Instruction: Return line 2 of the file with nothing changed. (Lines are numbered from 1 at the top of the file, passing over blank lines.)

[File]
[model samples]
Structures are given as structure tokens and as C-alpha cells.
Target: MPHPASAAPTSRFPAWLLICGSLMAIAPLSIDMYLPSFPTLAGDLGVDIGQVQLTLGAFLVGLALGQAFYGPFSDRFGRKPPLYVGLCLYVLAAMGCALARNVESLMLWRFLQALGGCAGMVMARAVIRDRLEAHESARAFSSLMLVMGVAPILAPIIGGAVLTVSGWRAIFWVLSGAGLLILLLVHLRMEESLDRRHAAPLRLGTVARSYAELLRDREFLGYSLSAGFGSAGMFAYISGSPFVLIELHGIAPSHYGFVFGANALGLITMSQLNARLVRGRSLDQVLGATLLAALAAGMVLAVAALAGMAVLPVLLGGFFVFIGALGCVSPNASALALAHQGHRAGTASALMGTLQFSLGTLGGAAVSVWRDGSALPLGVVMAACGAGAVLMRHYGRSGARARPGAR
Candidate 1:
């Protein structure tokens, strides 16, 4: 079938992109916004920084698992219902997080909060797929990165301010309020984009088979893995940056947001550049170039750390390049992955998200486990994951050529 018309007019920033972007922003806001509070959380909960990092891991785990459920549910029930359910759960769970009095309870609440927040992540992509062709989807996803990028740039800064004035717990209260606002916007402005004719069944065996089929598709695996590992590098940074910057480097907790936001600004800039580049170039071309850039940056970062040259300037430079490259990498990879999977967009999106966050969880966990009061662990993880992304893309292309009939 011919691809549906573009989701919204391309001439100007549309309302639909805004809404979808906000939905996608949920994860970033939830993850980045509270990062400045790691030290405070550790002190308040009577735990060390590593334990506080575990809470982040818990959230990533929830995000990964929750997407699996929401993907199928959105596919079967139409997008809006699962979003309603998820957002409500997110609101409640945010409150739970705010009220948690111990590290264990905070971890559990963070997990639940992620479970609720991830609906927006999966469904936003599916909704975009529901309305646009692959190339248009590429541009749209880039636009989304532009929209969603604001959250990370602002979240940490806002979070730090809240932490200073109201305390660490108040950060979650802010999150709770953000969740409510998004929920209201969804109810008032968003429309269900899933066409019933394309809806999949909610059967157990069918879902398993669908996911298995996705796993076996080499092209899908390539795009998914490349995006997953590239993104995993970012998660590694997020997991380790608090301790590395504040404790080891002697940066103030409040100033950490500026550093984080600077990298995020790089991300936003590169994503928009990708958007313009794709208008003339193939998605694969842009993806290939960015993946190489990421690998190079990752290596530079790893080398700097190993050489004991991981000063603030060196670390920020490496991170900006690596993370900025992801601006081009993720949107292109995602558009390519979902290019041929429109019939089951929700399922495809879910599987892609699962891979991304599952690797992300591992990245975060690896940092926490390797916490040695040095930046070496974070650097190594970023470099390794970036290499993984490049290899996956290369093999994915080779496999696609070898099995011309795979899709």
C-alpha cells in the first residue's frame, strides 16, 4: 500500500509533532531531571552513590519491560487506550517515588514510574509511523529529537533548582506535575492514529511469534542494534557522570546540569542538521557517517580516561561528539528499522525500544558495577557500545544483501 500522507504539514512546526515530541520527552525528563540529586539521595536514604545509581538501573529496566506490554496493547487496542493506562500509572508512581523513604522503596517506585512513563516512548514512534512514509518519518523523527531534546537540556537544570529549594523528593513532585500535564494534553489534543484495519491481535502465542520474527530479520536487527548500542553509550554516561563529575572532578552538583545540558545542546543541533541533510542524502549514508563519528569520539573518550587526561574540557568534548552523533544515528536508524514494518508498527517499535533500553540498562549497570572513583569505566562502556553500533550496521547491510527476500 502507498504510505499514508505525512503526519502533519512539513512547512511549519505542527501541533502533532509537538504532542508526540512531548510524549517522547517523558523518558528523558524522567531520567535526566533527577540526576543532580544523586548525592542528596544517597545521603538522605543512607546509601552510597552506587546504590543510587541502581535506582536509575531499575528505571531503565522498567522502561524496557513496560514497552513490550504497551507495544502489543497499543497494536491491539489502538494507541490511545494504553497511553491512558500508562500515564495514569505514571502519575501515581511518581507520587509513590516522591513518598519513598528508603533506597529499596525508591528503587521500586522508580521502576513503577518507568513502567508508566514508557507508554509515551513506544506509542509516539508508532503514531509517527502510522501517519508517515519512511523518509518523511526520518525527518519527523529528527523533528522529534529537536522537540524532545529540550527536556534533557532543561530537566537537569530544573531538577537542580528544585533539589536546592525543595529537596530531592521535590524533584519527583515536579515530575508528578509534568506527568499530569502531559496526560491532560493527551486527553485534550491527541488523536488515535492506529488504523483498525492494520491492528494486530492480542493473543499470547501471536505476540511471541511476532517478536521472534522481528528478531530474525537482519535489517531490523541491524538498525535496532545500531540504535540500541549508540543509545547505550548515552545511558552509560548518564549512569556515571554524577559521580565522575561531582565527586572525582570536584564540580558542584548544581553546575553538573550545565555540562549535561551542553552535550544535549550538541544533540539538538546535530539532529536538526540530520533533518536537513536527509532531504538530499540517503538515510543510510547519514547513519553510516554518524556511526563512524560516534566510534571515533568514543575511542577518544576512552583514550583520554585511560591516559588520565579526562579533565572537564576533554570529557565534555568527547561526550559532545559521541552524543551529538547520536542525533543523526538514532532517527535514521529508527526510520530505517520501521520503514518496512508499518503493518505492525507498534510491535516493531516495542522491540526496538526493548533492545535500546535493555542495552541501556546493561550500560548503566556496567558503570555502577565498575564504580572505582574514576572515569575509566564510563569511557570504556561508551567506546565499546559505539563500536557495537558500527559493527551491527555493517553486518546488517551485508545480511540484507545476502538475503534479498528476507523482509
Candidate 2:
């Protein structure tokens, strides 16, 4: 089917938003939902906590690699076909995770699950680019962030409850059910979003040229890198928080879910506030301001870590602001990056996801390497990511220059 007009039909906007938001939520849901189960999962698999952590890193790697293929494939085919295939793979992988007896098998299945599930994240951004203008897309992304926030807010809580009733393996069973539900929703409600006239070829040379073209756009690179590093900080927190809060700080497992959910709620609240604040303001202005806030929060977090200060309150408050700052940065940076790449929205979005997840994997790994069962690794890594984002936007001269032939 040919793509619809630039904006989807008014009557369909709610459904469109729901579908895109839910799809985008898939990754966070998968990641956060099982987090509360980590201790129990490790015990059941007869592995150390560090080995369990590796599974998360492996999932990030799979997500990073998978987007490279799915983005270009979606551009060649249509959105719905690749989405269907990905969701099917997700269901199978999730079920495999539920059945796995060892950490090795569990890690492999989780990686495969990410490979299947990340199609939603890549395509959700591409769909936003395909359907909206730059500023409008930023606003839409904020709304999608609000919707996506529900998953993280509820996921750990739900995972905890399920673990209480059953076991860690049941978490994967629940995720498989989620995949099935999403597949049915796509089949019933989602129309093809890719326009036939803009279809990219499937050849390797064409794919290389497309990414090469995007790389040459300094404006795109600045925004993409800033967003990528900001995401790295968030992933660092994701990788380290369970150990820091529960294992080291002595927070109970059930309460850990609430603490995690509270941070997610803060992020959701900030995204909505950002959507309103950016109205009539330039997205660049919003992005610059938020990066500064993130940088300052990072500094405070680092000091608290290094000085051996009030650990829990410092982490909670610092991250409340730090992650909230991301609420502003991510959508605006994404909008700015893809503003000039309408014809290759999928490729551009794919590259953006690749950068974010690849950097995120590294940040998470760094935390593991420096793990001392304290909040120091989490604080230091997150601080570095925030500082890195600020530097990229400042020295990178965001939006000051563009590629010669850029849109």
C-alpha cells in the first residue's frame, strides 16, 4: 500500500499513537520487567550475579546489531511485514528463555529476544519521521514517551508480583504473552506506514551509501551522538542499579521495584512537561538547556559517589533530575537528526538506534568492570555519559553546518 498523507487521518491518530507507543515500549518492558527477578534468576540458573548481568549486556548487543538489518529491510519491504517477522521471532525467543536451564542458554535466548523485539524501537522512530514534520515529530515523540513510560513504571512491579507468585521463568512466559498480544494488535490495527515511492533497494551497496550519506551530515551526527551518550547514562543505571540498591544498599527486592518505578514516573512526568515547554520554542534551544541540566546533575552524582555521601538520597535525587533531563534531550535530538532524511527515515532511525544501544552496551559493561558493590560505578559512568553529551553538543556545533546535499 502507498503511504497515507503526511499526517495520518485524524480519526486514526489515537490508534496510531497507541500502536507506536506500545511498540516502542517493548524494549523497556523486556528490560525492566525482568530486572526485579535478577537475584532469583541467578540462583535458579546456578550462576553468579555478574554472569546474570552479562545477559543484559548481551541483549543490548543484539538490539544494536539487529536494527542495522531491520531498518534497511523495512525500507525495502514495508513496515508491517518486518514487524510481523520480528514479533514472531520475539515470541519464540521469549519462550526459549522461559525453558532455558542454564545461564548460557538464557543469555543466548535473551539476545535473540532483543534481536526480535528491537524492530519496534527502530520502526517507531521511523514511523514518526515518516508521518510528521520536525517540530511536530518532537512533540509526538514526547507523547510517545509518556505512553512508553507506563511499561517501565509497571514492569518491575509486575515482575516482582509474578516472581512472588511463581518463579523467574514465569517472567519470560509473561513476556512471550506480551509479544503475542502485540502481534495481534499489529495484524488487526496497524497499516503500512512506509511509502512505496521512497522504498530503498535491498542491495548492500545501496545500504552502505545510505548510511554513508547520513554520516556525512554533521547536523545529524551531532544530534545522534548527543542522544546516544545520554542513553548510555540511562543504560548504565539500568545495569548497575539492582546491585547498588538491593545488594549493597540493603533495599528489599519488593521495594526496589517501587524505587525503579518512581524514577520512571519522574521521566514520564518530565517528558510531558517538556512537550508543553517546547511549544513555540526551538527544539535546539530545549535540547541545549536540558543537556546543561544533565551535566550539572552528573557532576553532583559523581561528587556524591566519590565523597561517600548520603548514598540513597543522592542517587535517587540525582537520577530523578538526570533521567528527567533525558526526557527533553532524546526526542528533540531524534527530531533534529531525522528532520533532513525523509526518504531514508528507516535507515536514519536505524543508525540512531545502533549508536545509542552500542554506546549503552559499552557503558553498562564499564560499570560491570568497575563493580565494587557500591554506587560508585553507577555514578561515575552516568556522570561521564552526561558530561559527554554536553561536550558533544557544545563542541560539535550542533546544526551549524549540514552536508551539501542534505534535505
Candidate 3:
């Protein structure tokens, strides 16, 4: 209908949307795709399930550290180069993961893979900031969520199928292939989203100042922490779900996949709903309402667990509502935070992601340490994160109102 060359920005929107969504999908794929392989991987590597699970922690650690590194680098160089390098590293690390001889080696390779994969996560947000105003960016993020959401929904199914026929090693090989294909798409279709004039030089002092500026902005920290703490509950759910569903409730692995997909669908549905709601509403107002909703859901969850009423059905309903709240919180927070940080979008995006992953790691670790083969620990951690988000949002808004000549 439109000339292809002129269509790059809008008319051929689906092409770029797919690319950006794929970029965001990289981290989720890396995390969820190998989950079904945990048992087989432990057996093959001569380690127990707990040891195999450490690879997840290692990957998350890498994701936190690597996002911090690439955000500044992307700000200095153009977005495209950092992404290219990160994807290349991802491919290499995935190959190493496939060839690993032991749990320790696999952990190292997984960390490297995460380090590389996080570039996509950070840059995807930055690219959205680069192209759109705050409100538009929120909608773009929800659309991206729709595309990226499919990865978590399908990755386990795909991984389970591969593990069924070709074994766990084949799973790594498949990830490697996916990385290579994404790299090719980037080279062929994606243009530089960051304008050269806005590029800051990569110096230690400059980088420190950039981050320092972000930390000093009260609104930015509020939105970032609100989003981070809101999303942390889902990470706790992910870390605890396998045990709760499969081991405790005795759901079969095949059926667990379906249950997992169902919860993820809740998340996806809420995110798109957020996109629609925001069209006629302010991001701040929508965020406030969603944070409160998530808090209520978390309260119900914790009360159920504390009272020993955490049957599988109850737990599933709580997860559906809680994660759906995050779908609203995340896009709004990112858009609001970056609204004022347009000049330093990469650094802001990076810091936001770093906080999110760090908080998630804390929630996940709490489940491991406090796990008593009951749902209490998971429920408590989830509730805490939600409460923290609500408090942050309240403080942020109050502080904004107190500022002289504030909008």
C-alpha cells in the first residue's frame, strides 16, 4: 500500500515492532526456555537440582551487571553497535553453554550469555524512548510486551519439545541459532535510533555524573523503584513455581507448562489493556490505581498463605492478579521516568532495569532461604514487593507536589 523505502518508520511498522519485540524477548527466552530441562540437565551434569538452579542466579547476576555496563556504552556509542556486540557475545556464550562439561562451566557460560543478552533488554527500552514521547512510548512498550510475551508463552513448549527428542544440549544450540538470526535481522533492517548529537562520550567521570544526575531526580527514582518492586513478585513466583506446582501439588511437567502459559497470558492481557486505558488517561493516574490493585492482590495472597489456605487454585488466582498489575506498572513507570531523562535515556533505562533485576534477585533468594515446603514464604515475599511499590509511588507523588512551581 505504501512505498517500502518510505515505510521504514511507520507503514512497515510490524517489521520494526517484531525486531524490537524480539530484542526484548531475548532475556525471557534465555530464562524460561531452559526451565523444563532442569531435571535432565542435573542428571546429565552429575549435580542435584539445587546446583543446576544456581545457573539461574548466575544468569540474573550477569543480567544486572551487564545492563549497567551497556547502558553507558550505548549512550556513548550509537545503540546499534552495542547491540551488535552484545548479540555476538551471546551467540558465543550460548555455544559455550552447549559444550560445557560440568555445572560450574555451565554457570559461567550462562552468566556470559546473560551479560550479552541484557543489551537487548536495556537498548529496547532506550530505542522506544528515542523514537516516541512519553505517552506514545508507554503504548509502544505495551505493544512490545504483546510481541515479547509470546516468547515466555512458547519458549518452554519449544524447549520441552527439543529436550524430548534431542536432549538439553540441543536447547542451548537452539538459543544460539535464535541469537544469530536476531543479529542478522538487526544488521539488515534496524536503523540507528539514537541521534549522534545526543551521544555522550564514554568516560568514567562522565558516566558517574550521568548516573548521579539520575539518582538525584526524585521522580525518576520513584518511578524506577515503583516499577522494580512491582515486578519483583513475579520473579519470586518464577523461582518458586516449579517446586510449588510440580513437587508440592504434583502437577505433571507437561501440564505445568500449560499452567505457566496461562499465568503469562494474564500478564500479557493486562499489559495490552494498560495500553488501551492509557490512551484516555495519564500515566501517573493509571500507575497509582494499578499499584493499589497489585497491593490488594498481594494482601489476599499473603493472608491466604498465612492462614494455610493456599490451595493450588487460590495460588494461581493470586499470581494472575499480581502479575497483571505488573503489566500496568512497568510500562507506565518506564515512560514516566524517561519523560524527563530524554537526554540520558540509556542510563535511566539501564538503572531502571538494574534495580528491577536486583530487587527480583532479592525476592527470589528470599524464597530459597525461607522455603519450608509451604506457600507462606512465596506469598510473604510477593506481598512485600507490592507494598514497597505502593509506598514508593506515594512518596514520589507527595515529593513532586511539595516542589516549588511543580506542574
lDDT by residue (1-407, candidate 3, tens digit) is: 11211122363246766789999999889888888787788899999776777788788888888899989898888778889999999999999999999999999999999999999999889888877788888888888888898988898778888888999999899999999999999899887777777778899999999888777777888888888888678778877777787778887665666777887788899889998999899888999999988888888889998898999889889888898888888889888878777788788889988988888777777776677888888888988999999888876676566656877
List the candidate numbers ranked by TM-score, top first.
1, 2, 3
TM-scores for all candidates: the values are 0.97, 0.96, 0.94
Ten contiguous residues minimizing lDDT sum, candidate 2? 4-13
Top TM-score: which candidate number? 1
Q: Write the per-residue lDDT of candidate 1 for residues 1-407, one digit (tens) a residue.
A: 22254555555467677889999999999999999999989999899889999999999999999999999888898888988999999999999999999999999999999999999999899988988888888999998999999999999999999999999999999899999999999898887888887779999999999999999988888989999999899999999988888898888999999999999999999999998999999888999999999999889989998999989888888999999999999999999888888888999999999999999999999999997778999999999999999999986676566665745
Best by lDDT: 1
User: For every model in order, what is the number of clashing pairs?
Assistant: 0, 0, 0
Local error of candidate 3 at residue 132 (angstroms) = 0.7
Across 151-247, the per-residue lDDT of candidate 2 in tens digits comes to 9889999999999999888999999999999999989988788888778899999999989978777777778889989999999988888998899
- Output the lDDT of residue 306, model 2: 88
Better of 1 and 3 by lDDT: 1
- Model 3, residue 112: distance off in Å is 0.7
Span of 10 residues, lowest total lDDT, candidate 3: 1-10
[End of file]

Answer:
Structures are given as structure tokens and as C-alpha cells.